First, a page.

Chapter 7 The Environment in the Pathogenesis of Systemic Lupus Erythematosus
Human lupus is a chronic relapsing autoimmune disease characterized by autoantibodies to a host of cellular components and immune complex deposition in the kidney and other tissues. Although the etiology of lupus is unknown, both genetic and environmental factors are implicated in disease pathogenesis. Evidence for a genetic contribution comes from familial aggregation of autoimmunity in approximately 20% of lupus cases,1 a higher concordance rate in monozygotic (∼25%) relative to dizygotic twins (2%),2 the evidence for linkage at multiple loci across the human genome as shown by genome-wide scans of subjects with familial lupus,3 and the discovery of various susceptibility genes for the disease.4 The observations that the majority of lupus is sporadic and that drugs such as procainamide, hydralazine, and others (as well as UV light) trigger lupus-like autoimmunity, and the lack of complete concordance in identical twins, indicate a prominent role for exogenous agents.5 How environmental agents interact with the various genetic loci to produce autoantibodies, the hallmark of lupus, is incompletely understood. Current models postulate that autoimmunity develops in genetically susceptible hosts exposed to appropriate environmental triggering factors. However, the nature of the interactions among various genetic elements and the environment is yet to be revealed. Herein, we discuss selected environmental factors associated with systemic lupus erythematosus (SLE), and review the evidence for their pathogenic role in the disease. The environmental factors discussed include drugs, UV light exposure, infectious agents, chemicals, heavy metals, and dietary factors.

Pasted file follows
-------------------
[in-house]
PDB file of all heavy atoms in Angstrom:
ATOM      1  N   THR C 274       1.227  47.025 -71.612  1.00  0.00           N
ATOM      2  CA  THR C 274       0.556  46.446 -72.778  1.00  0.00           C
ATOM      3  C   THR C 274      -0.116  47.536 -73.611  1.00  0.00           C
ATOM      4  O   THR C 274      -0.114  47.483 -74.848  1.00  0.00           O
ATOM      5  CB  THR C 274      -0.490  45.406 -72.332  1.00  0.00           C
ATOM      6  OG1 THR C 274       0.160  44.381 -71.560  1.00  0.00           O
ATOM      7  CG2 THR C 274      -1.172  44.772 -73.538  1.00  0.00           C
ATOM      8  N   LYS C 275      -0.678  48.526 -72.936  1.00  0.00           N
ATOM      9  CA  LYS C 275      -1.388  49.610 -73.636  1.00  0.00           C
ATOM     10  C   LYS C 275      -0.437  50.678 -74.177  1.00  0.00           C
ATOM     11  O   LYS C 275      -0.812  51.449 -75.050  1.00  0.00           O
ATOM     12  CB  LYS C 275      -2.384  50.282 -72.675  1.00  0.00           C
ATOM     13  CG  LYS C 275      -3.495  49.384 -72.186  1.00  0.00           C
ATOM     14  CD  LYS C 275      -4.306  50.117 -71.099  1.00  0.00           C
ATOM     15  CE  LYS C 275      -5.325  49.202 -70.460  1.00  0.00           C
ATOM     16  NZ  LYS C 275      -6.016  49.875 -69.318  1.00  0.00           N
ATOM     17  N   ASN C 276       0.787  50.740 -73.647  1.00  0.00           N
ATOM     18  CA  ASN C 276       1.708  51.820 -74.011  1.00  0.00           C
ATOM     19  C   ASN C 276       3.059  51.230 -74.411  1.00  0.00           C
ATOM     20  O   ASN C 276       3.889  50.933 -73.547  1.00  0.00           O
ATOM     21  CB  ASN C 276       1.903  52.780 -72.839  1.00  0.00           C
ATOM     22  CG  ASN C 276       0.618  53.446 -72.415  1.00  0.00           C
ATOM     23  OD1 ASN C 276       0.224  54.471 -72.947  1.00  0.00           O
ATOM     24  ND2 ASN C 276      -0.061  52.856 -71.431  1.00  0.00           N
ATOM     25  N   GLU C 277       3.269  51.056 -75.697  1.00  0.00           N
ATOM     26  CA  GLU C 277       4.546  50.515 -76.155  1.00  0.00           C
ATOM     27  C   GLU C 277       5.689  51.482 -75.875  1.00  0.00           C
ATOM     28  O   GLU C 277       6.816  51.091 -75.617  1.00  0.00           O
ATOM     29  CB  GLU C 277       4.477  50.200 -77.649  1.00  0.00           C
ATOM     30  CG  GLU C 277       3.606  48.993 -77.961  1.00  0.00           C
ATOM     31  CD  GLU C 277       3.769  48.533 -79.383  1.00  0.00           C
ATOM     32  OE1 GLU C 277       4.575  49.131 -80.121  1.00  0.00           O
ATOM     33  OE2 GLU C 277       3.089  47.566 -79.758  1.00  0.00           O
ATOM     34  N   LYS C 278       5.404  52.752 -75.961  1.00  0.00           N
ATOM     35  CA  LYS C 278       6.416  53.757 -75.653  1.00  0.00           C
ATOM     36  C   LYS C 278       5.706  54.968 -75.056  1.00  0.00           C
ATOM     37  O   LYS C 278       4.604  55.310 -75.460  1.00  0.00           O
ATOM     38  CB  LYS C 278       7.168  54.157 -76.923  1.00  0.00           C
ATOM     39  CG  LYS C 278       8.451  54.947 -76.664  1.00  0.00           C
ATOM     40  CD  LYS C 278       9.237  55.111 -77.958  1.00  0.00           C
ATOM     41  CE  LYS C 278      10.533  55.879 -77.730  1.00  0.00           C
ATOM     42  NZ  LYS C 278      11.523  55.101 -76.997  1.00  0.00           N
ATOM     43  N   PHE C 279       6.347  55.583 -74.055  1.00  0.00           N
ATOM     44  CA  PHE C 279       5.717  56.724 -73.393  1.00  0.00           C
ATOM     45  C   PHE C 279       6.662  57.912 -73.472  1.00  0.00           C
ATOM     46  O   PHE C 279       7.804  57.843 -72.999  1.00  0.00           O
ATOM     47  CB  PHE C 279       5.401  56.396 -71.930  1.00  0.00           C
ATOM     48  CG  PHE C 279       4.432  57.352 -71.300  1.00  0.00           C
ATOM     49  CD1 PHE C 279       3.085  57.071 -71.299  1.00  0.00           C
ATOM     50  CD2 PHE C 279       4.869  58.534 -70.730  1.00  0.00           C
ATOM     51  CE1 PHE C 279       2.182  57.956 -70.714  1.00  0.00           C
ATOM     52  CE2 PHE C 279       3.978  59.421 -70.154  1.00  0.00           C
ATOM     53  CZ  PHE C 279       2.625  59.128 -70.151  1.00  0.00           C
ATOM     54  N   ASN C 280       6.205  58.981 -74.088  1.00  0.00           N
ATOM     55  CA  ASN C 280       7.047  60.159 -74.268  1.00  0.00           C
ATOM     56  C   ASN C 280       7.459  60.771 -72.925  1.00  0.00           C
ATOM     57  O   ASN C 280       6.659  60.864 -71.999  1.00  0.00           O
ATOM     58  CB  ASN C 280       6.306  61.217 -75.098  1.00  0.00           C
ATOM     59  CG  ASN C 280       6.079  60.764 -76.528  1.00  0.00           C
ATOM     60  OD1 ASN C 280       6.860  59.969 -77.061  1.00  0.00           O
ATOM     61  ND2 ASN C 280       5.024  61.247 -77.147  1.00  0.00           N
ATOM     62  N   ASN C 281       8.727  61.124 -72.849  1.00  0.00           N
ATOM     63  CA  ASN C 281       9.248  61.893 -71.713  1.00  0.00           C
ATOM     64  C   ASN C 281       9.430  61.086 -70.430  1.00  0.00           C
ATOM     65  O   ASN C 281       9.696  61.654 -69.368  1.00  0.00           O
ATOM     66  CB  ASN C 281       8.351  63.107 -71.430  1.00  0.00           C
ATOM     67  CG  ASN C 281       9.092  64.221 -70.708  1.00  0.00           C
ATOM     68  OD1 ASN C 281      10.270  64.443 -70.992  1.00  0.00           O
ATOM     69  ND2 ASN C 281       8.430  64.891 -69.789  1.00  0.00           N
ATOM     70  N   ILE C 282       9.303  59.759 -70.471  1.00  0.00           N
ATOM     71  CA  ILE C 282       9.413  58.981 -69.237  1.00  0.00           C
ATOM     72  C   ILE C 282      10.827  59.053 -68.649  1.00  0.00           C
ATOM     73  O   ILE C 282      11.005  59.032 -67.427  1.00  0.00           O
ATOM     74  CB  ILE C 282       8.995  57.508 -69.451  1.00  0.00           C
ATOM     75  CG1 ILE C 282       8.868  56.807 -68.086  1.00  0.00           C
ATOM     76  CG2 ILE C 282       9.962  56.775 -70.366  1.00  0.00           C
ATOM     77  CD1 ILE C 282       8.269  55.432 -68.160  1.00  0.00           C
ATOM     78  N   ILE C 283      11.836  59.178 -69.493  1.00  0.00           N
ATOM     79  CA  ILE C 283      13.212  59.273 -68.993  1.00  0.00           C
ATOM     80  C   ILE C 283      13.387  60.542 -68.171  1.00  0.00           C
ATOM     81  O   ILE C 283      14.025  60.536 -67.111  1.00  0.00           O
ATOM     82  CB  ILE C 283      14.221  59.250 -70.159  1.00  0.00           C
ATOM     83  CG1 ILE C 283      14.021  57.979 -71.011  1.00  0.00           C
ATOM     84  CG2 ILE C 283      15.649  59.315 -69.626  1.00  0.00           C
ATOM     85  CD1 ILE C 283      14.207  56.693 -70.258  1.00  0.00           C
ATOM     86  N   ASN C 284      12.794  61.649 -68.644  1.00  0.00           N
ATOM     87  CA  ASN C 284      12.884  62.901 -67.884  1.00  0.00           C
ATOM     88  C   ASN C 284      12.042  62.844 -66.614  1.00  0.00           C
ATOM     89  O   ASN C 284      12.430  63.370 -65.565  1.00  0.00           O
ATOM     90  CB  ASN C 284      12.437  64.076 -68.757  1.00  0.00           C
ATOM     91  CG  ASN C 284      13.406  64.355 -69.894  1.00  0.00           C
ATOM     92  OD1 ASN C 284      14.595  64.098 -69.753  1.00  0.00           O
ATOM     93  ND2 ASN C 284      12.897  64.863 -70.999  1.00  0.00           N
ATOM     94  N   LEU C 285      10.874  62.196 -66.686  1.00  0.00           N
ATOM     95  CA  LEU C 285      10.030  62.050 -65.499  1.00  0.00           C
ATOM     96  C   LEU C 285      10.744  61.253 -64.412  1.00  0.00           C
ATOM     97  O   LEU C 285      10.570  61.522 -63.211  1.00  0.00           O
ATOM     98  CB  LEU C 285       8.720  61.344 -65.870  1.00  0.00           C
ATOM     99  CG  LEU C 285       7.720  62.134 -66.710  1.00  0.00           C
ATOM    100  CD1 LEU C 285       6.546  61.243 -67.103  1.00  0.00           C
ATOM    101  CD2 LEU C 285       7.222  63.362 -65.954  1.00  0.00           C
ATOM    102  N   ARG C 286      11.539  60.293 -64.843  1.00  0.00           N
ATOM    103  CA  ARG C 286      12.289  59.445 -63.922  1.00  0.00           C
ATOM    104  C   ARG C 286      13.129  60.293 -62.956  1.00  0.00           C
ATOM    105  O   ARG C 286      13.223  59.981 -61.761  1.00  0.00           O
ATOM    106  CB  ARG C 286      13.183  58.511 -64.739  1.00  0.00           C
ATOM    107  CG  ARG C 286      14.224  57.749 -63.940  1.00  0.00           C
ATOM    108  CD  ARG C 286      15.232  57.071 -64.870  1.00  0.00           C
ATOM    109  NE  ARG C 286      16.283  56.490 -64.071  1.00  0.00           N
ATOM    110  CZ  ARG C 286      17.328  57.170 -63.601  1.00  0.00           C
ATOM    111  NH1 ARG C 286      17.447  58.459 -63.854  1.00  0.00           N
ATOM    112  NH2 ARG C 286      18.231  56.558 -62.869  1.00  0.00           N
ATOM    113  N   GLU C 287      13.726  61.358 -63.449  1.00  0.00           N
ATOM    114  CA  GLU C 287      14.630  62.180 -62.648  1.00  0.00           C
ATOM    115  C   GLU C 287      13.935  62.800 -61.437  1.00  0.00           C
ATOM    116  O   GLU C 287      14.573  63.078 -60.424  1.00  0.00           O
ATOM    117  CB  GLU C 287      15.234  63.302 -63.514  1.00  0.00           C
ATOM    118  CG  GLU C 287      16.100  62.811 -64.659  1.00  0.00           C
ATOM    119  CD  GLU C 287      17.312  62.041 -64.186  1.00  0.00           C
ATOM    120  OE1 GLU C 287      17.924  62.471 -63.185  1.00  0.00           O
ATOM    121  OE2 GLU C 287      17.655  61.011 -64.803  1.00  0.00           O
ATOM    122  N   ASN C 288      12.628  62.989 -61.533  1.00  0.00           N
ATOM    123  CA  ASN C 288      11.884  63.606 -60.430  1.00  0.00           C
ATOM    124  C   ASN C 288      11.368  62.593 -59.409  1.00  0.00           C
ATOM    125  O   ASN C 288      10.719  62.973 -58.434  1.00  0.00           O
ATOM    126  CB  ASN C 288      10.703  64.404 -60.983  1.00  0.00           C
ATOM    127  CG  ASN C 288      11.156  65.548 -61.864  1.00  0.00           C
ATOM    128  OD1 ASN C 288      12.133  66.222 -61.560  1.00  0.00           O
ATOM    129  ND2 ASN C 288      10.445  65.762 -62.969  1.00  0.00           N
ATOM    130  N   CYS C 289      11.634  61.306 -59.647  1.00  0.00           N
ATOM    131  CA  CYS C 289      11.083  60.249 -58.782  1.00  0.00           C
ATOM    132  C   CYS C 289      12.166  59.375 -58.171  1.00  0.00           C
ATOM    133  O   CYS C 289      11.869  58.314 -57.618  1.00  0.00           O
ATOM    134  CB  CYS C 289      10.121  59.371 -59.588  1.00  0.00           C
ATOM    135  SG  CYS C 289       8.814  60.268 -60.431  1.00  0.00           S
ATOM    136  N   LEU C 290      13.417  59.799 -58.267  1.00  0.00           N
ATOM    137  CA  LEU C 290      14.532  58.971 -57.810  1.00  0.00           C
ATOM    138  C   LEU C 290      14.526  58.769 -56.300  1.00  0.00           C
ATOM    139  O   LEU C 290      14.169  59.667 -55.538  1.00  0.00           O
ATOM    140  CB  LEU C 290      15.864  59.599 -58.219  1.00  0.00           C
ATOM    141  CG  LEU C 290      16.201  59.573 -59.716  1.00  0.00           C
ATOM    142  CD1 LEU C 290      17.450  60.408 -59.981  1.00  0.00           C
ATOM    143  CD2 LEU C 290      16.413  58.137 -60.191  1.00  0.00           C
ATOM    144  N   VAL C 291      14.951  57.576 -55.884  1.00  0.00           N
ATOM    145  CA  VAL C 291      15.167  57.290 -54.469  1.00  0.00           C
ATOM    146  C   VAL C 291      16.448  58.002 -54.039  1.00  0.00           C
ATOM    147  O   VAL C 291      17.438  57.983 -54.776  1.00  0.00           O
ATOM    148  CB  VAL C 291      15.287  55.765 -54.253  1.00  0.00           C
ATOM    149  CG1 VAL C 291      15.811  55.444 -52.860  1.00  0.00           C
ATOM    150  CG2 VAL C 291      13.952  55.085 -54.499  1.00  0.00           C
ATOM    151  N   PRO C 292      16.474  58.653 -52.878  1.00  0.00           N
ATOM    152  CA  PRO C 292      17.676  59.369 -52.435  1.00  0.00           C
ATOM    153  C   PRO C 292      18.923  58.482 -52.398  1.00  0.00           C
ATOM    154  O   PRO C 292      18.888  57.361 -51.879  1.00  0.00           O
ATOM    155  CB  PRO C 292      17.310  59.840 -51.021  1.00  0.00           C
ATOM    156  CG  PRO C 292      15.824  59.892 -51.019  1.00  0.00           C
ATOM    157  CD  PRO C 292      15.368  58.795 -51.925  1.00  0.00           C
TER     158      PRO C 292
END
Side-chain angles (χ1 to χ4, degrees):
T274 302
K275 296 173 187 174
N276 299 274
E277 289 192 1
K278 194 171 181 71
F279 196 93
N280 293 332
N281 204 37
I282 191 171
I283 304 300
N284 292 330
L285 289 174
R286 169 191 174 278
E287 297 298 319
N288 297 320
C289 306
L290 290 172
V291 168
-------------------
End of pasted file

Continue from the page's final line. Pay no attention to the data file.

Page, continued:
Drug-induced lupus provides the clearest example of an exogenous agent causing lupus-like autoimmunity. In the majority of cases, withholding the offending medication results in the disappearance of autoantibodies and resolution of disease signs and symptoms, and cautious readministration causes disease recurrence,6 supporting cause and effect. More than 100 drugs have been implicated in causing lupus and lupus-like syndromes. Whereas some of the reports are anecdotal, others (such as hydralazine and procainamide) are well established by clinical studies.5 A recent controlled case study utilizing the General Practice Research Database in the United Kingdom has now estimated the relative risk for developing SLE in 1437 patients exposed to 13 of the known lupus-inducing drugs and 6963 matched controls. This study found supportive results for the majority,7 providing additional epidemiological evidence for an association between specific drugs and lupus-like diseases (see Table 7.1).
|Medication odds ratio||95% Confidence interval|